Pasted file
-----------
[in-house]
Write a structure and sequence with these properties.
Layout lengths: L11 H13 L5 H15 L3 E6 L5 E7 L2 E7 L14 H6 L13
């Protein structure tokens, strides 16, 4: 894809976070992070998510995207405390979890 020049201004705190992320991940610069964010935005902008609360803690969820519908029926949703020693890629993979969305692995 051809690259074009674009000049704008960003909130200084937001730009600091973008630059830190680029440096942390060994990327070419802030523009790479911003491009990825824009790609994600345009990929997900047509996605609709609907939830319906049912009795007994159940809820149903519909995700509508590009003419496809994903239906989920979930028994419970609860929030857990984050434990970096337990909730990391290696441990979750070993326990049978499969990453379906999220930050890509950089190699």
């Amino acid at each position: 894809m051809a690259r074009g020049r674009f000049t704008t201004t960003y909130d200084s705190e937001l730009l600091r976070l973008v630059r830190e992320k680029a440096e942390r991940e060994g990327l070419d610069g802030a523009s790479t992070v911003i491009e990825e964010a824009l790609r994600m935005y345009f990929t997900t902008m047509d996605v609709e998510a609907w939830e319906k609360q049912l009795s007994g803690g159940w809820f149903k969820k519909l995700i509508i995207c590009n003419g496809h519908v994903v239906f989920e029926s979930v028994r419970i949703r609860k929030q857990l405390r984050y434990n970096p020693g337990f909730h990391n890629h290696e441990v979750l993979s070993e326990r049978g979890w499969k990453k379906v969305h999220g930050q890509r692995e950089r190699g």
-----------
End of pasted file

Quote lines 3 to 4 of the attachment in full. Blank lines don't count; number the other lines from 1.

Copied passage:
Layout lengths: L11 H13 L5 H15 L3 E6 L5 E7 L2 E7 L14 H6 L13
């Protein structure tokens, strides 16, 4: 894809976070992070998510995207405390979890 020049201004705190992320991940610069964010935005902008609360803690969820519908029926949703020693890629993979969305692995 051809690259074009674009000049704008960003909130200084937001730009600091973008630059830190680029440096942390060994990327070419802030523009790479911003491009990825824009790609994600345009990929997900047509996605609709609907939830319906049912009795007994159940809820149903519909995700509508590009003419496809994903239906989920979930028994419970609860929030857990984050434990970096337990909730990391290696441990979750070993326990049978499969990453379906999220930050890509950089190699």